A few hours later, we wave Beauty and Saziso goodbye and start our journey back down that road. Our long journey is nothing compared to the bumpy road to starting a business in Zimbabwe, impeded by crop flooding, diseases, strikes and a lack of liquidity. And yet, thanks to these micro loans, hard work and perseverance, these entrepreneurs not only make it work, they succeed. As we sit in the truck, rocking back and forth with the curves of the rough terrain, I start to have a greater appreciation for technology and its ability to connect people across great distances. Saziso and Beauty were able to start their businesses because people all over the world sat down at a computer, read their stories and lent money. Anyone can help empower women in the farthest reaches of the world, like Saziso and Beauty, through the simple click of a button. And the organizations that support these borrowers, on the ground, work hard to make the road to microfinance, just a little less rockier.

Two Camfed staff members sit in the bed of the truck on a borrower visit. Photo Credit: Alan Mathers

3 Responses to “The Long Road to Microfinance

  • Nice to see an MFI on Kiva that actually states its intrest rates – 0%, albeit interest is paid in kind. Given this lack of interest expense, could the author explain why 70.99% of loans from this MFI are in default, according to the Kiva website?

    http://www.kiva.org/partners/305

    This is generally not considered a sign of success.

    • Natalie
      5 years ago

      The default rate is actually only 0.13%. The 70.99% you’re referring to is the delinquency rate, which is a result of late repayments. As the author illustrated quite nicely, many of Camfed’s borrowers are located in very remote areas so, as you can imagine, getting to the bank to make repayments isn’t an easy task. And conditions during rainy season make this that much more difficult. They haven’t defaulted, they just need a little more time.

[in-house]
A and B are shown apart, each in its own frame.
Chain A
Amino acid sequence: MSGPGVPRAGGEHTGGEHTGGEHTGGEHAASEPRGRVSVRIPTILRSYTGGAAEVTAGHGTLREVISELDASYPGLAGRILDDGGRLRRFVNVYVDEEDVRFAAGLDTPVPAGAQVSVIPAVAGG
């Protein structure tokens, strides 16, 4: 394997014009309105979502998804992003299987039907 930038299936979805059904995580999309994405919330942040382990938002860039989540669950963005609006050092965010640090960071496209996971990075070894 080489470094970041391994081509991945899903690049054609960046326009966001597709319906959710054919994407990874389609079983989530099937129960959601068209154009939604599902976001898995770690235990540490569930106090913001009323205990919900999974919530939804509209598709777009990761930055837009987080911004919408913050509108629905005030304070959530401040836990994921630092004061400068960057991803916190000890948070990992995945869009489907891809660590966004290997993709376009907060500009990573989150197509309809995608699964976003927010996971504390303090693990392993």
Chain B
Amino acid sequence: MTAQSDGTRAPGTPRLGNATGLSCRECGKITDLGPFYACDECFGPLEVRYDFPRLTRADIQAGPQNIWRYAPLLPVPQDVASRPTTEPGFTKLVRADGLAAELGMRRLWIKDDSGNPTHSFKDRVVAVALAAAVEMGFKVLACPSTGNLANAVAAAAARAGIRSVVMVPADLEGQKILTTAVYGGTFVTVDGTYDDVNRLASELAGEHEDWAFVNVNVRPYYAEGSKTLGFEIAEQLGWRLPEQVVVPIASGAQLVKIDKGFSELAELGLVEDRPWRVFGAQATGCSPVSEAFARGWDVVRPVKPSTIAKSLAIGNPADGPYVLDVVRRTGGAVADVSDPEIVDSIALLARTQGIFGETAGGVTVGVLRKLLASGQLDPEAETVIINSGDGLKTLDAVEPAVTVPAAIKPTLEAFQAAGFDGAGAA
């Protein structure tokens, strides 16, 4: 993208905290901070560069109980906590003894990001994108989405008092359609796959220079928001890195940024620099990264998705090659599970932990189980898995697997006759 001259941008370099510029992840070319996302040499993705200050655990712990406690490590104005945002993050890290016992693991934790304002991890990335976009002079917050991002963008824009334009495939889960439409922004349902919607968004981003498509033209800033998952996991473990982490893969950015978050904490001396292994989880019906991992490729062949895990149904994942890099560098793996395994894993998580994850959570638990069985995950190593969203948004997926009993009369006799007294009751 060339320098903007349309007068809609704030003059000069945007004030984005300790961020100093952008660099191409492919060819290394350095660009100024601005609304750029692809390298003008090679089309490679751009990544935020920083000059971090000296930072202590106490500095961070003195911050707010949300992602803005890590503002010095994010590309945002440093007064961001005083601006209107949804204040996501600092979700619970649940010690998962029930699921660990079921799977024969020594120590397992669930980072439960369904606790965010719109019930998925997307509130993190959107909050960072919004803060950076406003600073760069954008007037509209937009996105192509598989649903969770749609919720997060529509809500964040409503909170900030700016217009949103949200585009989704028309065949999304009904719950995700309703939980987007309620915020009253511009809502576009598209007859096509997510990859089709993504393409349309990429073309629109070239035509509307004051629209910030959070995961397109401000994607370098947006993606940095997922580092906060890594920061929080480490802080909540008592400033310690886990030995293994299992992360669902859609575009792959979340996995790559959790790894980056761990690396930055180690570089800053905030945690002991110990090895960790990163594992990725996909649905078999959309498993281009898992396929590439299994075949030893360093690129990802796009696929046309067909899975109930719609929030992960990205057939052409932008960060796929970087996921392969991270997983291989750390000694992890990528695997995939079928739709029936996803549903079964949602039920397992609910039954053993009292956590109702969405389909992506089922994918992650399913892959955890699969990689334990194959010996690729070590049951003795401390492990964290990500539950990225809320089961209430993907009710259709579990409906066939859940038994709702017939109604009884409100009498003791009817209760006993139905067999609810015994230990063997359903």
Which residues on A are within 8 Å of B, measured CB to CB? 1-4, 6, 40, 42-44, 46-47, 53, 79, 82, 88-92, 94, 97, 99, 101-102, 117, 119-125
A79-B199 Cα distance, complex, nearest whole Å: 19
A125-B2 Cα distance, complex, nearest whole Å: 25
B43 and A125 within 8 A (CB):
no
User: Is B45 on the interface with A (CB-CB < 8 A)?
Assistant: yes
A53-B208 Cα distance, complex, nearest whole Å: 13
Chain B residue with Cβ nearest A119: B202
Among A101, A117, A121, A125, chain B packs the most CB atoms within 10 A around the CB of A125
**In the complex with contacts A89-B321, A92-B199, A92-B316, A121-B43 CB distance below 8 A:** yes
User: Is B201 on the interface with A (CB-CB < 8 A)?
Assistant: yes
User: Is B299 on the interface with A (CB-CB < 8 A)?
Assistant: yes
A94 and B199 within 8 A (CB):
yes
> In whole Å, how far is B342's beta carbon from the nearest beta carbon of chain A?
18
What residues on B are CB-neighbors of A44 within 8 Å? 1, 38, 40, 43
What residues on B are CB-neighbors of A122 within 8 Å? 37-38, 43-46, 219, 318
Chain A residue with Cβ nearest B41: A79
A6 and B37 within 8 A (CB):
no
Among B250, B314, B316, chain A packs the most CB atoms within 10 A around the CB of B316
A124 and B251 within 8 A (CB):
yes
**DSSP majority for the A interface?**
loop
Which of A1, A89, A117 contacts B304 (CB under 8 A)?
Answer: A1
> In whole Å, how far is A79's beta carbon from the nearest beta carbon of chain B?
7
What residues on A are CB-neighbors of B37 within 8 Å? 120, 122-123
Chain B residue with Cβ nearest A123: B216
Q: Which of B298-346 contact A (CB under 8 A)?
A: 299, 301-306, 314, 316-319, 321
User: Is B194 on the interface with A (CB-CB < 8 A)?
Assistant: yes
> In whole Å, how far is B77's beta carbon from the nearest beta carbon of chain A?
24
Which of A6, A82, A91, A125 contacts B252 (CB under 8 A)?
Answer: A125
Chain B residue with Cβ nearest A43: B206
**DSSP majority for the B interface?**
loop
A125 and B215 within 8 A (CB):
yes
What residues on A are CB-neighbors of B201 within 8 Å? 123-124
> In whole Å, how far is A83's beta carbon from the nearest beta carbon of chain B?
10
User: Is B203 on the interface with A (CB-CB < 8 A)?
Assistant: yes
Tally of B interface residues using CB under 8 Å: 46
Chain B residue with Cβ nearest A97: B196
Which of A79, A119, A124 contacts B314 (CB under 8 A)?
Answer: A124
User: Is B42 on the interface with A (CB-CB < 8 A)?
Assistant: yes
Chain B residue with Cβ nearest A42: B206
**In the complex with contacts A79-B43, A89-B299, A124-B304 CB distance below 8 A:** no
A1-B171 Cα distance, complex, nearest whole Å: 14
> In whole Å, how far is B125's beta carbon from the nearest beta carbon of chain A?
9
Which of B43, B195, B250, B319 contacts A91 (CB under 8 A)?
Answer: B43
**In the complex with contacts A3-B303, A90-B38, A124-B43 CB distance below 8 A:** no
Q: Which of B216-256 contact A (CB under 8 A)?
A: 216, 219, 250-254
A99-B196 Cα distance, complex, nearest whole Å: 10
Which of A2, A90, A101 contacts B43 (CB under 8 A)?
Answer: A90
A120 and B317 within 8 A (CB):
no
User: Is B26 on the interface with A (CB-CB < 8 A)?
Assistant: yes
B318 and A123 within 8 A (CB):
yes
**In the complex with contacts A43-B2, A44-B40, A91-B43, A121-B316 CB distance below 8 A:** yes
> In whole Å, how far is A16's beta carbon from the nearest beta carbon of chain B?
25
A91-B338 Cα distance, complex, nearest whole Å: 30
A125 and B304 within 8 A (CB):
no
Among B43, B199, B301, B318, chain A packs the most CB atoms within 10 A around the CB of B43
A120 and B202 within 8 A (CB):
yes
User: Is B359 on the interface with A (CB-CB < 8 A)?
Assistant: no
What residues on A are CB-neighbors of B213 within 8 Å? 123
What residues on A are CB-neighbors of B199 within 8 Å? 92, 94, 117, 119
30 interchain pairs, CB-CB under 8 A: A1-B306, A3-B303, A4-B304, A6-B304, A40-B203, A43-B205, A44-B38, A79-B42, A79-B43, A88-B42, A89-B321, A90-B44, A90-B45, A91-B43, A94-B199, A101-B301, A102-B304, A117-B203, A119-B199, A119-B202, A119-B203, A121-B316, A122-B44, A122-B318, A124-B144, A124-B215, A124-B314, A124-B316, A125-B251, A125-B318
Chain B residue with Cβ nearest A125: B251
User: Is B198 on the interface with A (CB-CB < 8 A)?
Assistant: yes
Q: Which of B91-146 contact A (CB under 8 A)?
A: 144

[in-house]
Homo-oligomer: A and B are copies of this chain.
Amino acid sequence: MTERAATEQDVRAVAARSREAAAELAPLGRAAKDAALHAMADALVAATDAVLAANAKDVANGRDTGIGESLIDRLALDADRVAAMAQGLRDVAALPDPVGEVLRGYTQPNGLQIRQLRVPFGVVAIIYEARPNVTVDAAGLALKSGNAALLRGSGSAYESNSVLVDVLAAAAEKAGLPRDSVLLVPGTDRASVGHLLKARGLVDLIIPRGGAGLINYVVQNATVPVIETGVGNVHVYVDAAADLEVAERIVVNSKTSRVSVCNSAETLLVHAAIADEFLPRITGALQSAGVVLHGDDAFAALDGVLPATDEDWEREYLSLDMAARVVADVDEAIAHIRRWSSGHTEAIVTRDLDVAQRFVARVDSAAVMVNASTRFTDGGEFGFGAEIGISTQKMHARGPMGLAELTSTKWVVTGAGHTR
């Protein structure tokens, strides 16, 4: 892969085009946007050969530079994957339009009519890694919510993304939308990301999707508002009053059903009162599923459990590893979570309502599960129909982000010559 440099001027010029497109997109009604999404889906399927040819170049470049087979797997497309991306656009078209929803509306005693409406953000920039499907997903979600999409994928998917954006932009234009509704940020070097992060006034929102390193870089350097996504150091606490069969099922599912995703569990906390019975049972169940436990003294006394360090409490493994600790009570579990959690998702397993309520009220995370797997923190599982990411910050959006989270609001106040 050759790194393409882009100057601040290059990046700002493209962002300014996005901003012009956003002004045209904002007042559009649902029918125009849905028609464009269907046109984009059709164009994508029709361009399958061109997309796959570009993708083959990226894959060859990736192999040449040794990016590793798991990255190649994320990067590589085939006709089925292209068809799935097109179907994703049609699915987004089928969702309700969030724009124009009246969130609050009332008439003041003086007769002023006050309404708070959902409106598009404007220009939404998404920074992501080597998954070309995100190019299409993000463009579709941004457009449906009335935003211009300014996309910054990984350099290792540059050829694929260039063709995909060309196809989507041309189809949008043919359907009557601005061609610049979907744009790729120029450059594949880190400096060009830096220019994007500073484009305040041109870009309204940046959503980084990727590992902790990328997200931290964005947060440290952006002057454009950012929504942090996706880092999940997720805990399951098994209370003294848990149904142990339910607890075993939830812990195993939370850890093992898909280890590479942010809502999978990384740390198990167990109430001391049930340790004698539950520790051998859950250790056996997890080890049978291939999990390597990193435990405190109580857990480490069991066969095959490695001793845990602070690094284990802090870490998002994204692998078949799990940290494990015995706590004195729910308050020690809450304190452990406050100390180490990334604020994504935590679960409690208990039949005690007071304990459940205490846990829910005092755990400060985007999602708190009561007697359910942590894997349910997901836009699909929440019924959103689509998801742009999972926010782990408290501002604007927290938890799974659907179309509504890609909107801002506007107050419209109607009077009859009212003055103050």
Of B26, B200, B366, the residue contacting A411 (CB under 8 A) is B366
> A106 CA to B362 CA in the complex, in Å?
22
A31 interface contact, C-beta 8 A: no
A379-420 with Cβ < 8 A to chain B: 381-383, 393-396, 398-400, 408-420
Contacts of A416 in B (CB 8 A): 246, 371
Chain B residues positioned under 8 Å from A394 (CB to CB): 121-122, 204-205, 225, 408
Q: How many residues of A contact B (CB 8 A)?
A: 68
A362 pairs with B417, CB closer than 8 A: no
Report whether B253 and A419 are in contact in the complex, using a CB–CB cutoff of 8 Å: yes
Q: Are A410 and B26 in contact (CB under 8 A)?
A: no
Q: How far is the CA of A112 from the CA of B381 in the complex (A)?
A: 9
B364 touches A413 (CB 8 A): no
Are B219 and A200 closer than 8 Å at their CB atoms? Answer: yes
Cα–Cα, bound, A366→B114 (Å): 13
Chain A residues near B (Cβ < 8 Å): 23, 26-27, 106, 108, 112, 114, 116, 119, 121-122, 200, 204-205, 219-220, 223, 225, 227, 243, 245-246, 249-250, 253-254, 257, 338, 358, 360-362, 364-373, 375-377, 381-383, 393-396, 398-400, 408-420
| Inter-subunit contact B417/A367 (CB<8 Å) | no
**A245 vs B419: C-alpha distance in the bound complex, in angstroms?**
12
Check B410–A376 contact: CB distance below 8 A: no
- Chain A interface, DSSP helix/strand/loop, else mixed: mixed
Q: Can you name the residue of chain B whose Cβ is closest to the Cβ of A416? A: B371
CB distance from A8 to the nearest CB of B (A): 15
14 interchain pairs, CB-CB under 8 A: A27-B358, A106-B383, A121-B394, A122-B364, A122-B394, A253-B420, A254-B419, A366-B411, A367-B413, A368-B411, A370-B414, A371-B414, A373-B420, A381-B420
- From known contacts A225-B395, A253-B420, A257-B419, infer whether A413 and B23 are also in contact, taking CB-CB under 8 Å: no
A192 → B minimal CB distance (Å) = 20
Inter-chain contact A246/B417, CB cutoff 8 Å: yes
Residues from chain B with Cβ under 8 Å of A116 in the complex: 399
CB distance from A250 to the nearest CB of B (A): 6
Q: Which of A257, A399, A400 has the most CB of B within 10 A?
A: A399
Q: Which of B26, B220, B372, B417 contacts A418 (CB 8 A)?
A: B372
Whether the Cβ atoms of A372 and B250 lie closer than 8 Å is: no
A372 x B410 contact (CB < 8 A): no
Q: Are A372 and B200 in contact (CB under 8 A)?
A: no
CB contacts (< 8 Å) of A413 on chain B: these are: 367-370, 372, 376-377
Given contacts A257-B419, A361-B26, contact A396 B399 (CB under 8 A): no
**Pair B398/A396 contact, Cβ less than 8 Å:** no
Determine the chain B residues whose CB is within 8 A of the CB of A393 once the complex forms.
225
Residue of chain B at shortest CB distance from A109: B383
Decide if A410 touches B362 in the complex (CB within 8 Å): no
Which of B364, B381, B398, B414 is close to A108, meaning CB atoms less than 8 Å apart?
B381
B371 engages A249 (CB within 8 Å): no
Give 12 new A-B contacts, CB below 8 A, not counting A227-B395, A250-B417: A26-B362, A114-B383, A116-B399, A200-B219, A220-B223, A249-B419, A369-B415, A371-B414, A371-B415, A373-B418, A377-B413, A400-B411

• Hi Hugh,
      Thanks for your question! As Natalie mentioned, the stat you site is actually the delinquency rate, not the default rate. Delinquency refers to late payments and default rate refers to non repayment and can be reevaluated on a case to case basis. As I highlighted in the article, these women face many challenges in starting a business and making timely repayments which is why the kind of flexible lending Camfed and Kiva work toward is so crucial to their success. I am happy to expand on why the delinquency rate is so high. Severe drought in some districts, and disastrous flooding in others, have seriously affected agricultural businesses, destroying crops and introducing disease. I’ve seen these impacts first hand, as maize crops are disintegrating from lack of water in some and have been swept away from floods in others. Other fledgling ventures have felt the severe impact of reduced spending power in the local community, most of which depend heavily on agriculture for their livelihoods. In some areas, like Saziso’s, teachers are the main customers. Recently, the Zimbabwean government cut teachers benefits which made Saziso lose business. As you can see there are many unpredictable conditions that women in rural areas of Zimbabwe face. It’s not that they don’t intend on paying back, its that due to these challenges it may take them a little longer than the predetermined loan schedule. These women more often than not overcome these challenges, start a business and are the sole breadwinners for their family. I consider that a sign of great success!

      If you’d like more information, Camfed recently posted a status update on the partner page addressing these very challenges: http://www.kiva.org/partners/305

      Let me know if you have any other questions!
      Tess